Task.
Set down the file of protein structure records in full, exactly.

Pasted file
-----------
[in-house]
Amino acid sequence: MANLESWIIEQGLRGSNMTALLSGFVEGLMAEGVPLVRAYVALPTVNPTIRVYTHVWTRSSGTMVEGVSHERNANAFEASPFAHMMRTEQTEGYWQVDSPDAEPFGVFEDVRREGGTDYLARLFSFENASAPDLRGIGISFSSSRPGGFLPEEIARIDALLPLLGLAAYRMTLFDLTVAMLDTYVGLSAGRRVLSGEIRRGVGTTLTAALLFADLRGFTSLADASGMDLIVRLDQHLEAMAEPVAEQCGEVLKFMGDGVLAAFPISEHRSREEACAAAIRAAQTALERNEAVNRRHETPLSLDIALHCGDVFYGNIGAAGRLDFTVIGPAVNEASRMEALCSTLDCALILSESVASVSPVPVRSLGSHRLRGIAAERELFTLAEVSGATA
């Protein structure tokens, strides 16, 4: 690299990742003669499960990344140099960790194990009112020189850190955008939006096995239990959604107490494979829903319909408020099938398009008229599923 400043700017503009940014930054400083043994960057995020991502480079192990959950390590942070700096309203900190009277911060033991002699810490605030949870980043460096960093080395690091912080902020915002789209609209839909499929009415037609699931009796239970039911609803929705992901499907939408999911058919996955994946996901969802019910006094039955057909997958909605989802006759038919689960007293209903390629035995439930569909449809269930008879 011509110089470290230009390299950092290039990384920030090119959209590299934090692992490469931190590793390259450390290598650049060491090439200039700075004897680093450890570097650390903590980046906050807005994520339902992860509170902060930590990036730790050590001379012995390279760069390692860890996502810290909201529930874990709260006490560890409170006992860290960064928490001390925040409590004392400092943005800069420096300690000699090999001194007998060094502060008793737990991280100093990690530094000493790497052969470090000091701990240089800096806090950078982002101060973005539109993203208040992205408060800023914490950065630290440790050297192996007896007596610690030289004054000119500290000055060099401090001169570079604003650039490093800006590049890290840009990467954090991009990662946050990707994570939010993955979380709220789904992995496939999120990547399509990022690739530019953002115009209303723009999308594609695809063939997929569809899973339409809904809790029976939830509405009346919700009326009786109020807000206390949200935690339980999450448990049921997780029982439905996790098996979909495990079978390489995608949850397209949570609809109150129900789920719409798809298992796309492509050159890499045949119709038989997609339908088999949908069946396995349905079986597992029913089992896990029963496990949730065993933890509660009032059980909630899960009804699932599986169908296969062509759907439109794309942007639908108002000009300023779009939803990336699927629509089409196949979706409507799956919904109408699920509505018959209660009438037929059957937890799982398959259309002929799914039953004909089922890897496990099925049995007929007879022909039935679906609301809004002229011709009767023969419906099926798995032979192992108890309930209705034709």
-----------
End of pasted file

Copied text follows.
[in-house]
Amino acid sequence: MANLESWIIEQGLRGSNMTALLSGFVEGLMAEGVPLVRAYVALPTVNPTIRVYTHVWTRSSGTMVEGVSHERNANAFEASPFAHMMRTEQTEGYWQVDSPDAEPFGVFEDVRREGGTDYLARLFSFENASAPDLRGIGISFSSSRPGGFLPEEIARIDALLPLLGLAAYRMTLFDLTVAMLDTYVGLSAGRRVLSGEIRRGVGTTLTAALLFADLRGFTSLADASGMDLIVRLDQHLEAMAEPVAEQCGEVLKFMGDGVLAAFPISEHRSREEACAAAIRAAQTALERNEAVNRRHETPLSLDIALHCGDVFYGNIGAAGRLDFTVIGPAVNEASRMEALCSTLDCALILSESVASVSPVPVRSLGSHRLRGIAAERELFTLAEVSGATA
């Protein structure tokens, strides 16, 4: 690299990742003669499960990344140099960790194990009112020189850190955008939006096995239990959604107490494979829903319909408020099938398009008229599923 400043700017503009940014930054400083043994960057995020991502480079192990959950390590942070700096309203900190009277911060033991002699810490605030949870980043460096960093080395690091912080902020915002789209609209839909499929009415037609699931009796239970039911609803929705992901499907939408999911058919996955994946996901969802019910006094039955057909997958909605989802006759038919689960007293209903390629035995439930569909449809269930008879 011509110089470290230009390299950092290039990384920030090119959209590299934090692992490469931190590793390259450390290598650049060491090439200039700075004897680093450890570097650390903590980046906050807005994520339902992860509170902060930590990036730790050590001379012995390279760069390692860890996502810290909201529930874990709260006490560890409170006992860290960064928490001390925040409590004392400092943005800069420096300690000699090999001194007998060094502060008793737990991280100093990690530094000493790497052969470090000091701990240089800096806090950078982002101060973005539109993203208040992205408060800023914490950065630290440790050297192996007896007596610690030289004054000119500290000055060099401090001169570079604003650039490093800006590049890290840009990467954090991009990662946050990707994570939010993955979380709220789904992995496939999120990547399509990022690739530019953002115009209303723009999308594609695809063939997929569809899973339409809904809790029976939830509405009346919700009326009786109020807000206390949200935690339980999450448990049921997780029982439905996790098996979909495990079978390489995608949850397209949570609809109150129900789920719409798809298992796309492509050159890499045949119709038989997609339908088999949908069946396995349905079986597992029913089992896990029963496990949730065993933890509660009032059980909630899960009804699932599986169908296969062509759907439109794309942007639908108002000009300023779009939803990336699927629509089409196949979706409507799956919904109408699920509505018959209660009438037929059957937890799982398959259309002929799914039953004909089922890897496990099925049995007929007879022909039935679906609301809004002229011709009767023969419906099926798995032979192992108890309930209705034709």